Budget 13: Capital relief central to success of Help to Buy, says CML

The Council of Mortgage Lenders says lenders’ ability to gain capital relief will determine how successful its newly announced Help to Buy scheme will be.

The scheme, which was announced in today’s Budget, will allow all homeowners with a 5 per cent deposit to access loans, with the Government providing a guarantee against the loan.

Similar to NewBuy, except not limited to new-build properties, it will launch at the beginning of 2014 and will run for three years.

It will also have a new government guarantee scheme designed to support the widening the availability of low deposit mortgages, just as the Government currently has with NewBuy.

When NewBuy was first launched it was hoped that with the Government effectively providing mortgage insurance (also known as a mortgage indemnity guarantee) on the loans generated, that it would enable lenders to gain some form of capital relief and lend a higher proportion of the purchase price without the level of risk that would normally arise.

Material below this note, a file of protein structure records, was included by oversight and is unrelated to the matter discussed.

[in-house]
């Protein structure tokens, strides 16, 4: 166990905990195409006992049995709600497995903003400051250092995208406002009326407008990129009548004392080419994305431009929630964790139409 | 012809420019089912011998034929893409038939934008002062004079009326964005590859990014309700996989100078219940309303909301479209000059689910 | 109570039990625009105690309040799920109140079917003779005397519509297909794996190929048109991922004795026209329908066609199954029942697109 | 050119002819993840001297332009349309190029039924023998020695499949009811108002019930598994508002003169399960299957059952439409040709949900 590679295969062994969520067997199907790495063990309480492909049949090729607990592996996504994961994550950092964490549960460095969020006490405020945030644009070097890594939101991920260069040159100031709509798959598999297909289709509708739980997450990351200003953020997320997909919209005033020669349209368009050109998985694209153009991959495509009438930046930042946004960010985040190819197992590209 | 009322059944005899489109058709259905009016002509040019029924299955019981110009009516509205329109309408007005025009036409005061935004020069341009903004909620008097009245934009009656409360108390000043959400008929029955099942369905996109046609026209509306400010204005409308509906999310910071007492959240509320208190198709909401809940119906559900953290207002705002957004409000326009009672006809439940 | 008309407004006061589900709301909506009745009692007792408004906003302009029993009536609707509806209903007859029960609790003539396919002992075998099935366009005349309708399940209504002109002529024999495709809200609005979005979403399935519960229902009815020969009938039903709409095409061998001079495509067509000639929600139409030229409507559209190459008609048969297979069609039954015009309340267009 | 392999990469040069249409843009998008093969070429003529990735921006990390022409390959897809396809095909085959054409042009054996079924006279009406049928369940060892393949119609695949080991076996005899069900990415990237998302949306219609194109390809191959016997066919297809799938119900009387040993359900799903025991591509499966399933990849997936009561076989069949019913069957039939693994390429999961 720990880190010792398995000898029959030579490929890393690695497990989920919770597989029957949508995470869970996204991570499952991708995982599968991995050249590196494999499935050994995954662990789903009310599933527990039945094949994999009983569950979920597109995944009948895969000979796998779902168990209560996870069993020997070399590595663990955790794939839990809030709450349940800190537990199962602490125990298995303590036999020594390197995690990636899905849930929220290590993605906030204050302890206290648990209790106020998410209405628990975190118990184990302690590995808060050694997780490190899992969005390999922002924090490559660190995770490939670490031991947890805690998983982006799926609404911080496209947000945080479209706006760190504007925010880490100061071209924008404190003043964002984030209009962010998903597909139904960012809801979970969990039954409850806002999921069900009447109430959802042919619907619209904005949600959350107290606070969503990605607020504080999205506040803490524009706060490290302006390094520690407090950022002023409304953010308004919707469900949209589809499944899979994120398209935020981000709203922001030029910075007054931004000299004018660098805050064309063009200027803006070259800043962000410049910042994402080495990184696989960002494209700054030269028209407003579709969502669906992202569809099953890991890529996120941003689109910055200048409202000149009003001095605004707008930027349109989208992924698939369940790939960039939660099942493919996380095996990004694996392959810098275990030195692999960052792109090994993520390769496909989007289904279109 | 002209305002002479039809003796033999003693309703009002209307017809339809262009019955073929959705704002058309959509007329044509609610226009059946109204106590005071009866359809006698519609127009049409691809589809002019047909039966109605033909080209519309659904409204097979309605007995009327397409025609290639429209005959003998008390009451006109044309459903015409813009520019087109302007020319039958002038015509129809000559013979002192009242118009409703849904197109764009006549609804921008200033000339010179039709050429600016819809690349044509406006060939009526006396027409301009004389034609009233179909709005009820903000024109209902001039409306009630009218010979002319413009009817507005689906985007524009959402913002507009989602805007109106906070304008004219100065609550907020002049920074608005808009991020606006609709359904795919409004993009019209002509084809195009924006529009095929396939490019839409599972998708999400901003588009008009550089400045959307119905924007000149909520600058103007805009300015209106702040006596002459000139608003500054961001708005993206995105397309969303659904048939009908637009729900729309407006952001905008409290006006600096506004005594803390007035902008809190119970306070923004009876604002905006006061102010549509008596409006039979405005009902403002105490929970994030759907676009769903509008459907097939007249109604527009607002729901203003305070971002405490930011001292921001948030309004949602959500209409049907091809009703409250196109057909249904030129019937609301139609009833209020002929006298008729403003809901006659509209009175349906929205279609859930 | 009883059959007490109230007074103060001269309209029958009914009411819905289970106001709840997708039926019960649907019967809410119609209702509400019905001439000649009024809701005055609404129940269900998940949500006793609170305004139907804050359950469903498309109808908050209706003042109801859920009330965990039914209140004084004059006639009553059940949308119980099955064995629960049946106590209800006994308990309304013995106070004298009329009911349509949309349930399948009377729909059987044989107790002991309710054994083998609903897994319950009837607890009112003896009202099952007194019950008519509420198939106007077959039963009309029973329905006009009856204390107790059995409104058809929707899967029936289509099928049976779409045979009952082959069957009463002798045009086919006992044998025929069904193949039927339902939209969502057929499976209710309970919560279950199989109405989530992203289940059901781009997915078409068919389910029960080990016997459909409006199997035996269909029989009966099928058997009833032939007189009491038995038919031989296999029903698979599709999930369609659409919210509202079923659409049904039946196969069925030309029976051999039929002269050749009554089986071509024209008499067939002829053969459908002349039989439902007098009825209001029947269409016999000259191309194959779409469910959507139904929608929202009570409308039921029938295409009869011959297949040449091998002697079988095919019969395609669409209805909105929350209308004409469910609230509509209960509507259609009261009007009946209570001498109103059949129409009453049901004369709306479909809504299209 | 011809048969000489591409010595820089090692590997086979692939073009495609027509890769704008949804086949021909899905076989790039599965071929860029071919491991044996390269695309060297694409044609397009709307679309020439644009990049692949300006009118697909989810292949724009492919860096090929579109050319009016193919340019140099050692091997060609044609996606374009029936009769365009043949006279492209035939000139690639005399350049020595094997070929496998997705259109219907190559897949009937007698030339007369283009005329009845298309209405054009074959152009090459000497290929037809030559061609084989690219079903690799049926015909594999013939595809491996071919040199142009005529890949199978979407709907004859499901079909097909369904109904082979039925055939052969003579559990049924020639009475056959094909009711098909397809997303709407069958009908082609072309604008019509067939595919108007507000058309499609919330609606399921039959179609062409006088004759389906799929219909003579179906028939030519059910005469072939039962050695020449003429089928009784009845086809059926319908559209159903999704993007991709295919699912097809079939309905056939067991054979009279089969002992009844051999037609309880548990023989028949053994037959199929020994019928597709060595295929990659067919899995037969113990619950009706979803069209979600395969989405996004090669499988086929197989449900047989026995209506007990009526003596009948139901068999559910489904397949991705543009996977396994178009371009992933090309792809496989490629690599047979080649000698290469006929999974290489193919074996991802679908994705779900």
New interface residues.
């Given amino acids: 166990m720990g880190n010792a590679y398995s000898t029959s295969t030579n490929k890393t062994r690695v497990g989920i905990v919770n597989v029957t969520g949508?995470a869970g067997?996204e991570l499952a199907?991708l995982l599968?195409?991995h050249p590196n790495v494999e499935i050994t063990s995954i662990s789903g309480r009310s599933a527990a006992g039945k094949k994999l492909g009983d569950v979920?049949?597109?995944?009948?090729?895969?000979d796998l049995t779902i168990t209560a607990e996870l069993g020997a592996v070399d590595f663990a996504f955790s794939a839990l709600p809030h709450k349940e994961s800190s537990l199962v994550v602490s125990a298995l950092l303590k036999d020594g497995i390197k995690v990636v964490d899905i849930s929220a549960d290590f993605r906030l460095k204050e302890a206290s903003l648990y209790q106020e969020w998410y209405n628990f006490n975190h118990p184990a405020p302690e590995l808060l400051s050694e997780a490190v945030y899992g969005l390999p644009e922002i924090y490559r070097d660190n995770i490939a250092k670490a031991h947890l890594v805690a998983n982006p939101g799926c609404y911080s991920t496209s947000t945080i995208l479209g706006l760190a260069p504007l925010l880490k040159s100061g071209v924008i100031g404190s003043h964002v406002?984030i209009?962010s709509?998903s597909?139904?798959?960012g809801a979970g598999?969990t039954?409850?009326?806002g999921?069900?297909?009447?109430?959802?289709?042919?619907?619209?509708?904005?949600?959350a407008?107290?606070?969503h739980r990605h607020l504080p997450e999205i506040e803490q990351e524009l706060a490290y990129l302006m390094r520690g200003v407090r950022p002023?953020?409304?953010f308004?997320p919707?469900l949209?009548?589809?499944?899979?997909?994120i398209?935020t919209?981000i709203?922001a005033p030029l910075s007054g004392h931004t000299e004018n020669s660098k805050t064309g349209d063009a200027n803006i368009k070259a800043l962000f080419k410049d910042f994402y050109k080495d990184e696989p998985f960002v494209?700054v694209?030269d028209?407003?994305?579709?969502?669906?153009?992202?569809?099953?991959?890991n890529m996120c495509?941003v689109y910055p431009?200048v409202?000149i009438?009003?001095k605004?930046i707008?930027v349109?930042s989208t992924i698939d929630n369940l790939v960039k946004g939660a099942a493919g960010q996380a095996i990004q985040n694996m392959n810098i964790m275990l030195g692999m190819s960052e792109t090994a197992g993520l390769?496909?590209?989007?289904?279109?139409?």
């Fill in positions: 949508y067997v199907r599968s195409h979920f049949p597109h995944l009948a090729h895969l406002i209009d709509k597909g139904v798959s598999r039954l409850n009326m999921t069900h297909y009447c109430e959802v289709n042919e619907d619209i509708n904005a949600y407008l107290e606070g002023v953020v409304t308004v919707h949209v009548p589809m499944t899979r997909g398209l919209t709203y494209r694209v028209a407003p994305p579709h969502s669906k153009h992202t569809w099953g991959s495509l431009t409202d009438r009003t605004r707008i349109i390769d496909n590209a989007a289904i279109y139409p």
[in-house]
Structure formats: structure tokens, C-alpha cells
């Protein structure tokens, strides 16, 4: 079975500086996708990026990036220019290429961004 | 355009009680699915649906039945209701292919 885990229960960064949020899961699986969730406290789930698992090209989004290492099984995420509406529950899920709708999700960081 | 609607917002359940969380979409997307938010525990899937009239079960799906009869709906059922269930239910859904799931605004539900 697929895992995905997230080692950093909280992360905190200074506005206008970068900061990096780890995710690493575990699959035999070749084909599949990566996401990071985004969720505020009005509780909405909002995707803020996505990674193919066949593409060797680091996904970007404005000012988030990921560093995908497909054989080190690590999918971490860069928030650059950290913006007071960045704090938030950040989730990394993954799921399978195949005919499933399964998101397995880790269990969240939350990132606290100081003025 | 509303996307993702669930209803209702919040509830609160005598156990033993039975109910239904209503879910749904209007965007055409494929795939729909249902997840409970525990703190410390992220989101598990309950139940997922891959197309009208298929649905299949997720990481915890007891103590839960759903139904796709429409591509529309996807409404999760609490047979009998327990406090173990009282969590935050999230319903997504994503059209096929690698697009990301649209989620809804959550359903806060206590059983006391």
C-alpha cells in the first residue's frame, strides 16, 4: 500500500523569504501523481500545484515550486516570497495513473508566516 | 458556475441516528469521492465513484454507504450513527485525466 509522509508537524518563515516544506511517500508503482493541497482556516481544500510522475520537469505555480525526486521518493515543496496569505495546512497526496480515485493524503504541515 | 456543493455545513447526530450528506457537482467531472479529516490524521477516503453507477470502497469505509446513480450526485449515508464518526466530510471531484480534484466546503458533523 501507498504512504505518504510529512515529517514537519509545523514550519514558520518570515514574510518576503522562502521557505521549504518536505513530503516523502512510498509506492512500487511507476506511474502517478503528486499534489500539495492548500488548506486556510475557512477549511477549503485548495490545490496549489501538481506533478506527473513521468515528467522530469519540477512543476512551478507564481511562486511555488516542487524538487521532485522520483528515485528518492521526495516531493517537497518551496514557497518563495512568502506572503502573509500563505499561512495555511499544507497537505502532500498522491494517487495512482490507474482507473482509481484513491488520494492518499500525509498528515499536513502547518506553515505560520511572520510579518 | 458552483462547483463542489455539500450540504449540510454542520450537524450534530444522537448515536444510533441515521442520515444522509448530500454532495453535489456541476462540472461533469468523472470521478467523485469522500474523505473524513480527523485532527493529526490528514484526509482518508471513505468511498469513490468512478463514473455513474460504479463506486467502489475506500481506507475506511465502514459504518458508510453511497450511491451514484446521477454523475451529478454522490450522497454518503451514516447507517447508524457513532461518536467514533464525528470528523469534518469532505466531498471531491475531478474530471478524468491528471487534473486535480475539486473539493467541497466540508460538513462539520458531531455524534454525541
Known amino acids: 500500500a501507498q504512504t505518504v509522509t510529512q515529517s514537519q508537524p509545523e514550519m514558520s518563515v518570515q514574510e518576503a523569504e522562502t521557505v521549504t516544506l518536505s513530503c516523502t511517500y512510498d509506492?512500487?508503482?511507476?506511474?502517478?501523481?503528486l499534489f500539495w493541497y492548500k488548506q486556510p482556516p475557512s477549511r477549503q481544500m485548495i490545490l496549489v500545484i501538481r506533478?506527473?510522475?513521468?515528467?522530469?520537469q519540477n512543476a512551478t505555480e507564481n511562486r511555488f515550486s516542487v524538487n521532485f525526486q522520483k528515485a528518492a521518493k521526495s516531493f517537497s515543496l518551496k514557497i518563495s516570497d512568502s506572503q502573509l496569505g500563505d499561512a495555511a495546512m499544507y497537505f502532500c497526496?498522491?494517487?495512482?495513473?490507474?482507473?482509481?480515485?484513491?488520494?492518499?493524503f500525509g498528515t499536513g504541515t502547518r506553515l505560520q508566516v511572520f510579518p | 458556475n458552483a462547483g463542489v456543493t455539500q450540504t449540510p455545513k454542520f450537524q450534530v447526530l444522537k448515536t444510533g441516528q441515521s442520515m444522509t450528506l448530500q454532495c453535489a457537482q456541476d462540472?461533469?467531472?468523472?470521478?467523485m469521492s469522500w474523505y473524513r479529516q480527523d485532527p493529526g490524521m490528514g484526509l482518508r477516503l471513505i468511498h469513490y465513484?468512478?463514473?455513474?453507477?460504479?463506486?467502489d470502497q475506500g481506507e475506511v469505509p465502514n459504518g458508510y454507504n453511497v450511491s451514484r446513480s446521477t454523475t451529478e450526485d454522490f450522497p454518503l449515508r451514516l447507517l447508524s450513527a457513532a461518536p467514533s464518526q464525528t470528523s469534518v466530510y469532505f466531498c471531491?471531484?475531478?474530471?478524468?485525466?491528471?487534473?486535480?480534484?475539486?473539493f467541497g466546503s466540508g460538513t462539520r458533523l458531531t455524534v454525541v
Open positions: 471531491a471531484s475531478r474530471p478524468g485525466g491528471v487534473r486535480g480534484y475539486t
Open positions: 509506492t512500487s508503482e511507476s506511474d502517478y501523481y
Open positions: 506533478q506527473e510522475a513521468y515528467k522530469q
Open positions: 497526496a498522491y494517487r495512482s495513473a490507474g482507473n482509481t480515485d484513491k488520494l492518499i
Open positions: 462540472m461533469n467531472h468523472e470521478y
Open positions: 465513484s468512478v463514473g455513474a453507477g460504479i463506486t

As a result lenders would not have to hold such high levels of capital as would normally be required on 90-95 per cent lending.

But so far only one of the six lenders involved in the NewBuy scheme, Barclays, is understand to have so far gained the necessary capital relief.

The CML says that in order to produce products that are attractive to both borrowers and lenders under the Help to Buy scheme, the Government will need to ensure that all lenders will be able to gain capital relief in recognition of the risk mitigation offered by the Government guarantee.

It says: “Without capital relief, and depending on the size of the fee, the cost of the commercial fee that lenders will have to pay to gain the benefit of the scheme could make the scheme uneconomical.”

But if the scheme is successful scheme the trade body says it could ultimately enable lenders to offer more low-deposit loans than they would otherwise be able to do without incurring concerns from funding markets, prudential regulators, or their own internal risk committees.